It's generally considered a little early for most players who won starting jobs in training camp to worry about their position on the depth chart. Then again, the NFL is a week-to-week league now, and unless making big money on a long-term contract, most players have to be watching over their shoulders constantly.
The Dallas Cowboys are 1-0 after finally defeating the New York Giants in a home game in Arlington, TX. A good start is one thing, but Week 1 of the 2013 regular season showed some holes on the Dallas roster that will be addressed sooner than later.
Every NFL team has its own set of circumstances heading into every regular season, and the Cowboys certainly had theirs last summer. Several injuries forced established players to the sidelines throughout training camp, and some of those players will be returning soon.
Don't expect much in the way of changes to the Dallas starting lineup moving forward, but there will be a few. The following players need to either show up against Kansas City next weekend or risk falling down the depth chart to a more situational role—or possibly to the bench until they're healthy.
Being a starting player on any football team can be a subjective term beyond the depth chart. For example, wide receiver Dwayne Harris might not be among the top two receivers on the Dallas depth chart, but in a given game he may end up starting should the Cowboys line up with three wide receivers on the first play. Keep this consideration in mind while digesting the following five players who are firmly under the microscope for one reason or another.
All stats courtesy of ESPN
All contract data courtesy of Spotrac
Rookie wide receiver Terrance Williams is a good example of what I just pointed out regarding Harris.
Williams does not start, but he's a guy who Dallas would love to see contributing on offense more than Harris. As a third-round selection in the 2013 NFL draft last April, Williams is a talent who certainly could have been selected much sooner.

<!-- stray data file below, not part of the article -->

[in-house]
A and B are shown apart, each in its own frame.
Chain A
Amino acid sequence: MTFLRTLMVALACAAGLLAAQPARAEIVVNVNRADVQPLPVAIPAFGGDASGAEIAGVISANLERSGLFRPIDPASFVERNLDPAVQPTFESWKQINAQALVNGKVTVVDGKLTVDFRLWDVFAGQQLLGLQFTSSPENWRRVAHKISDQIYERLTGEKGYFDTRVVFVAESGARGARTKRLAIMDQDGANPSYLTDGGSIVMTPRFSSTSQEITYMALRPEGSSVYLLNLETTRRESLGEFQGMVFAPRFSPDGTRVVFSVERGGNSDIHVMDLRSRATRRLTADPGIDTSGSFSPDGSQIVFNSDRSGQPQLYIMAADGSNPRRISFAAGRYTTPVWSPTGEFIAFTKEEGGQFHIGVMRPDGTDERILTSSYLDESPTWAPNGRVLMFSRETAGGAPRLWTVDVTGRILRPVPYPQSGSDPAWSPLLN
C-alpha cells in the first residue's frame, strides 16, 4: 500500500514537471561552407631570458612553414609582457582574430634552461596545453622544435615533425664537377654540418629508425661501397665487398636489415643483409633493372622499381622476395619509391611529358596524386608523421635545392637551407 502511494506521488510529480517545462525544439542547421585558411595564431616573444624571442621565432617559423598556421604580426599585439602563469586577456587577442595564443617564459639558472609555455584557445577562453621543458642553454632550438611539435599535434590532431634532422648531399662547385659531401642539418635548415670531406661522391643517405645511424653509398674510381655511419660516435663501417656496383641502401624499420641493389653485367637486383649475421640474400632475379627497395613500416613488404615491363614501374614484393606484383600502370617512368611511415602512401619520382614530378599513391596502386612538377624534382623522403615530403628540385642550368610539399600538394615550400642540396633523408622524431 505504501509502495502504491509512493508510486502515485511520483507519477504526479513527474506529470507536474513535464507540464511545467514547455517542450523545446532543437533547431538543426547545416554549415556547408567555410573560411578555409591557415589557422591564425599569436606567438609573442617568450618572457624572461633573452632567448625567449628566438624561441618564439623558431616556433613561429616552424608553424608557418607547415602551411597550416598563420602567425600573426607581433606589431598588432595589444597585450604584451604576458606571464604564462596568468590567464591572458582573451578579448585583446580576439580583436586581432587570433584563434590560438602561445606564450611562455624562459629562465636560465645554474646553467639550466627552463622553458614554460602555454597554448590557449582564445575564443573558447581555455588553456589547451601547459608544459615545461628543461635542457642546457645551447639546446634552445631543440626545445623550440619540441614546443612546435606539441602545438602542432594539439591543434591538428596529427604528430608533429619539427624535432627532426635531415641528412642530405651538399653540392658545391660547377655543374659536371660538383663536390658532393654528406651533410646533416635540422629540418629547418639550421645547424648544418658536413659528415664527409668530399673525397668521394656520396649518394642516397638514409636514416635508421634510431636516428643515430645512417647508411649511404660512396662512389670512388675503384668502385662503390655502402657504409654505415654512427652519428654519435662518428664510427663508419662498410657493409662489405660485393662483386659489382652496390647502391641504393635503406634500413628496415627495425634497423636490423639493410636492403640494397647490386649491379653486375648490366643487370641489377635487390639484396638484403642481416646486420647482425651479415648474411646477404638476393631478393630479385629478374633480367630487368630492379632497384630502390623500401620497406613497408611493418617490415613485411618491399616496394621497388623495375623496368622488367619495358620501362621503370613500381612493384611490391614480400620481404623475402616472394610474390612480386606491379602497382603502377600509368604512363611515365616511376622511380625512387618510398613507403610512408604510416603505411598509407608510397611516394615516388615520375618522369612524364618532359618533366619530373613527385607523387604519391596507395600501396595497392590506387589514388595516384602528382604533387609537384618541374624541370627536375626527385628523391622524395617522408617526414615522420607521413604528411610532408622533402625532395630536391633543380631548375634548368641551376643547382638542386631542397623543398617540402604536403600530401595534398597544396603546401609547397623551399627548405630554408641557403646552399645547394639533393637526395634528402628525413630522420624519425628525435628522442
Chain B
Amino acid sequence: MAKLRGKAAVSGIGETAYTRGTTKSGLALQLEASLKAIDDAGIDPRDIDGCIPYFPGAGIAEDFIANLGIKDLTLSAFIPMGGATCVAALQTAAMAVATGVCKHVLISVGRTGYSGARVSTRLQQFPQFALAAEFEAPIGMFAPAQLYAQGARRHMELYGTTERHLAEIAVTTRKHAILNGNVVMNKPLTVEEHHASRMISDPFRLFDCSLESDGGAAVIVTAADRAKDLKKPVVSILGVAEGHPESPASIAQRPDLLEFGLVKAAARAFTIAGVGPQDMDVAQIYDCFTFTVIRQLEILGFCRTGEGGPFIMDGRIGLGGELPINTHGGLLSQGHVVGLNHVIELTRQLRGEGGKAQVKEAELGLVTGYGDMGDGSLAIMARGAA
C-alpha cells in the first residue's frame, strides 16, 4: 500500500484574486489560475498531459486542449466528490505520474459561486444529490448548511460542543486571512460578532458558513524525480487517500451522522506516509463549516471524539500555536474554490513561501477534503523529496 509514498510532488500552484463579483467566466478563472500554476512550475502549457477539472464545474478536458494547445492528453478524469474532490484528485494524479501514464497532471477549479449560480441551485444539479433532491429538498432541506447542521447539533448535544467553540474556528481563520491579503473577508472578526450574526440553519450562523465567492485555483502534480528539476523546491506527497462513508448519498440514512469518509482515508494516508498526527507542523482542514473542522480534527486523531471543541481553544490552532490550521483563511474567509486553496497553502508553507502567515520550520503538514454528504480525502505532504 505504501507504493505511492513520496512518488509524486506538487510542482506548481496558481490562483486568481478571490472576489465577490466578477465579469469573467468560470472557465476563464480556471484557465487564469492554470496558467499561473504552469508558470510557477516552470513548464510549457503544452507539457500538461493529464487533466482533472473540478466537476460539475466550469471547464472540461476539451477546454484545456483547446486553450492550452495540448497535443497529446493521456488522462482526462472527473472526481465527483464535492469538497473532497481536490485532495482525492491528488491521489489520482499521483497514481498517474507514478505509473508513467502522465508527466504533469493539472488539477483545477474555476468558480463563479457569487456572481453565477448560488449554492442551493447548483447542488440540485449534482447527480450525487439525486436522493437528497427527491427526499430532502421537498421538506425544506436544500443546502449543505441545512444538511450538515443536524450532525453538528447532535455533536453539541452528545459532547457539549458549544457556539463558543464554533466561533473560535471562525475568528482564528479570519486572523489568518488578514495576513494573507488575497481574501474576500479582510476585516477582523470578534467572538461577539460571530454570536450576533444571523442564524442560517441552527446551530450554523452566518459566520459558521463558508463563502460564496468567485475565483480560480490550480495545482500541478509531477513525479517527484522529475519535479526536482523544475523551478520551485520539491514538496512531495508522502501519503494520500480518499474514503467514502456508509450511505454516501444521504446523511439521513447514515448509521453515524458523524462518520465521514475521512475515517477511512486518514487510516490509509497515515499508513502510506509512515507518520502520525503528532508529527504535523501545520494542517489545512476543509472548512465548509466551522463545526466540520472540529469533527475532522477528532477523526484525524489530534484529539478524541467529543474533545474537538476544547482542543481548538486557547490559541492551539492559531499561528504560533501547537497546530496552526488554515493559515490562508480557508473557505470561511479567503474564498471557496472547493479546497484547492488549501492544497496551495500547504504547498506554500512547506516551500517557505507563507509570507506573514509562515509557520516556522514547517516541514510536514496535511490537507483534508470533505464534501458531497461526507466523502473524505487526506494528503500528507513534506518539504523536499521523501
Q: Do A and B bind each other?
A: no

Having said that, Williams looked a little shaky in his first NFL game against the Giants last weekend. He was targeted four times and ended up catching two of quarterback Tony Romo's passes for 32 yards.
The two that were not caught were arguably a bigger concern than the two that were.
Williams' first miss ended up an interception that was returned to the Dallas 1-yard line. The other was a gorgeous Romo pass down the middle of the field that bounced right off Williams' left shoulder pad and fell incomplete—this drop would have likely been a big play had the ball been caught, seeing as Williams was wide open.
Good things are ahead for the former Baylor receiver, but we might see a little more from second-year veteran Cole Beasley pretty soon if Williams still shows growing pains against the Chiefs on Sunday.
Second-year veteran Morris Claiborne isn't exactly proving to be the most durable player on the Dallas roster.
After being selected sixth overall in the 2012 NFL draft, Claiborne would miss most of his rookie offseason due to an injured wrist. He would play in a couple of preseason games before starting 15 regular-season games last season.
This year is looking a little more dire, however.
Claiborne missed the entire preseason this year nursing an injured knee suffered in early August. To make matters worse, Claiborne suffered a dislocated shoulder in the third quarter against New York, although he did return to action after the shoulder was put back in place—ouch!
It's hard to overlook Claiborne's huge whiff against Giants wide receiver Victor Cruz. After dodging some pressure up front late in the first half, New York quarterback Eli Manning launched a bomb to Cruz that went 70 yards for a touchdown—this was before the shoulder injury mind you. Granted, veteran safety Will Allen was just as awful on the play.
Claiborne's long-term standing on the Dallas roster is not a question, but the franchise may have to consider putting its first-round draft pick on the shelf until he's healthy, no matter how long that takes.
This is where not having cornerback Mike Jenkins, now in Oakland with the Raiders, hurts a little—and third corner Orlando Scandrick needs to be ready on a moment's notice.
It's well-known by now that the 2012 free-agent expenditures on offensive guards Nate Livings and Mackenzy Bernadeau were a horrible idea—the former has already been released, and I'm convinced that the latter is headed in the same direction.